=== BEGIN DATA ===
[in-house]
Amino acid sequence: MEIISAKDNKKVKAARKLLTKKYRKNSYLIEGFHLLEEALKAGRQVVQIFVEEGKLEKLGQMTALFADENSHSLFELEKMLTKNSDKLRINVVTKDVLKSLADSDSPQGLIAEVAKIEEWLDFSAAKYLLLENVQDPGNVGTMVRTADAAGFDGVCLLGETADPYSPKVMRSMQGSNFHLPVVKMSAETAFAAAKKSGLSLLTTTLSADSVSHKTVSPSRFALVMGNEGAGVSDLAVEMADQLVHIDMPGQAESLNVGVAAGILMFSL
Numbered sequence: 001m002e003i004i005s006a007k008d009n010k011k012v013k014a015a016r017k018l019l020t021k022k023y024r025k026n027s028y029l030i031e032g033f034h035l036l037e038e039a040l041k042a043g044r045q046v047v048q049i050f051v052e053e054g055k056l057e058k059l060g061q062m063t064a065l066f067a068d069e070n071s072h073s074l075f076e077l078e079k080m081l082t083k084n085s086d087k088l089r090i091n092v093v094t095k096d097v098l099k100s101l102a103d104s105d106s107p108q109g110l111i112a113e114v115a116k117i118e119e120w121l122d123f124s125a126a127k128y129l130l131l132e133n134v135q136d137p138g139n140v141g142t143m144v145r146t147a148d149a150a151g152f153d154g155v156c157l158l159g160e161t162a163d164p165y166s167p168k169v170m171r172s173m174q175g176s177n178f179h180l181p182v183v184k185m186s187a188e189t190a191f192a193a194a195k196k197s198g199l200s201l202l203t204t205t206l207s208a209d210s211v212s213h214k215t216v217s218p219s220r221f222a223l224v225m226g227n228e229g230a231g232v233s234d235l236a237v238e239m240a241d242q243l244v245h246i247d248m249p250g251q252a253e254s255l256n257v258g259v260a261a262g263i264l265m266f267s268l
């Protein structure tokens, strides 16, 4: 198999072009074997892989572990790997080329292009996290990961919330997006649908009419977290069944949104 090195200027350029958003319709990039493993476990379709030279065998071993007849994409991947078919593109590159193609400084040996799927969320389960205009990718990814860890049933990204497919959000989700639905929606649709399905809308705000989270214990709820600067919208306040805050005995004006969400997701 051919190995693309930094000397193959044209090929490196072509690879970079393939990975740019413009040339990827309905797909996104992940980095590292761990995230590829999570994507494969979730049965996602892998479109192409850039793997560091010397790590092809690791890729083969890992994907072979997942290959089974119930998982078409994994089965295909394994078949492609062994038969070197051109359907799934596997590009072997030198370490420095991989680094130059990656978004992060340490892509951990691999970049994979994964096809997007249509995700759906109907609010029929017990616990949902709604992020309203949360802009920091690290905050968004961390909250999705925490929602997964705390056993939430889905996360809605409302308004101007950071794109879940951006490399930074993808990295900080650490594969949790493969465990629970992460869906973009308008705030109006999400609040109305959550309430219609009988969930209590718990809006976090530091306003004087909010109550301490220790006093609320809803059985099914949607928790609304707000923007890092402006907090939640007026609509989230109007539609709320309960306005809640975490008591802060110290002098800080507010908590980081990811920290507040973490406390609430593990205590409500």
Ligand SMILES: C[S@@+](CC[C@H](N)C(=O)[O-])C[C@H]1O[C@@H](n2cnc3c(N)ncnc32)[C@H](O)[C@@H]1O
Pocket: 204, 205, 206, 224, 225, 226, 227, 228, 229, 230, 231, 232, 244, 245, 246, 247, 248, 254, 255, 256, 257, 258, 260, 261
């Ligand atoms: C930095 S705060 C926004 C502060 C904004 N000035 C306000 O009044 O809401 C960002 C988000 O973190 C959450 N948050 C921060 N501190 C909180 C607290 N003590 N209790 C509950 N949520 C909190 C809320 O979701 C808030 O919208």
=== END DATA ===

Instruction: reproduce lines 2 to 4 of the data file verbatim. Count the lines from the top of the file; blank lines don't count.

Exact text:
Amino acid sequence: MEIISAKDNKKVKAARKLLTKKYRKNSYLIEGFHLLEEALKAGRQVVQIFVEEGKLEKLGQMTALFADENSHSLFELEKMLTKNSDKLRINVVTKDVLKSLADSDSPQGLIAEVAKIEEWLDFSAAKYLLLENVQDPGNVGTMVRTADAAGFDGVCLLGETADPYSPKVMRSMQGSNFHLPVVKMSAETAFAAAKKSGLSLLTTTLSADSVSHKTVSPSRFALVMGNEGAGVSDLAVEMADQLVHIDMPGQAESLNVGVAAGILMFSL
Numbered sequence: 001m002e003i004i005s006a007k008d009n010k011k012v013k014a015a016r017k018l019l020t021k022k023y024r025k026n027s028y029l030i031e032g033f034h035l036l037e038e039a040l041k042a043g044r045q046v047v048q049i050f051v052e053e054g055k056l057e058k059l060g061q062m063t064a065l066f067a068d069e070n071s072h073s074l075f076e077l078e079k080m081l082t083k084n085s086d087k088l089r090i091n092v093v094t095k096d097v098l099k100s101l102a103d104s105d106s107p108q109g110l111i112a113e114v115a116k117i118e119e120w121l122d123f124s125a126a127k128y129l130l131l132e133n134v135q136d137p138g139n140v141g142t143m144v145r146t147a148d149a150a151g152f153d154g155v156c157l158l159g160e161t162a163d164p165y166s167p168k169v170m171r172s173m174q175g176s177n178f179h180l181p182v183v184k185m186s187a188e189t190a191f192a193a194a195k196k197s198g199l200s201l202l203t204t205t206l207s208a209d210s211v212s213h214k215t216v217s218p219s220r221f222a223l224v225m226g227n228e229g230a231g232v233s234d235l236a237v238e239m240a241d242q243l244v245h246i247d248m249p250g251q252a253e254s255l256n257v258g259v260a261a262g263i264l265m266f267s268l
């Protein structure tokens, strides 16, 4: 198999072009074997892989572990790997080329292009996290990961919330997006649908009419977290069944949104 090195200027350029958003319709990039493993476990379709030279065998071993007849994409991947078919593109590159193609400084040996799927969320389960205009990718990814860890049933990204497919959000989700639905929606649709399905809308705000989270214990709820600067919208306040805050005995004006969400997701 051919190995693309930094000397193959044209090929490196072509690879970079393939990975740019413009040339990827309905797909996104992940980095590292761990995230590829999570994507494969979730049965996602892998479109192409850039793997560091010397790590092809690791890729083969890992994907072979997942290959089974119930998982078409994994089965295909394994078949492609062994038969070197051109359907799934596997590009072997030198370490420095991989680094130059990656978004992060340490892509951990691999970049994979994964096809997007249509995700759906109907609010029929017990616990949902709604992020309203949360802009920091690290905050968004961390909250999705925490929602997964705390056993939430889905996360809605409302308004101007950071794109879940951006490399930074993808990295900080650490594969949790493969465990629970992460869906973009308008705030109006999400609040109305959550309430219609009988969930209590718990809006976090530091306003004087909010109550301490220790006093609320809803059985099914949607928790609304707000923007890092402006907090939640007026609509989230109007539609709320309960306005809640975490008591802060110290002098800080507010908590980081990811920290507040973490406390609430593990205590409500």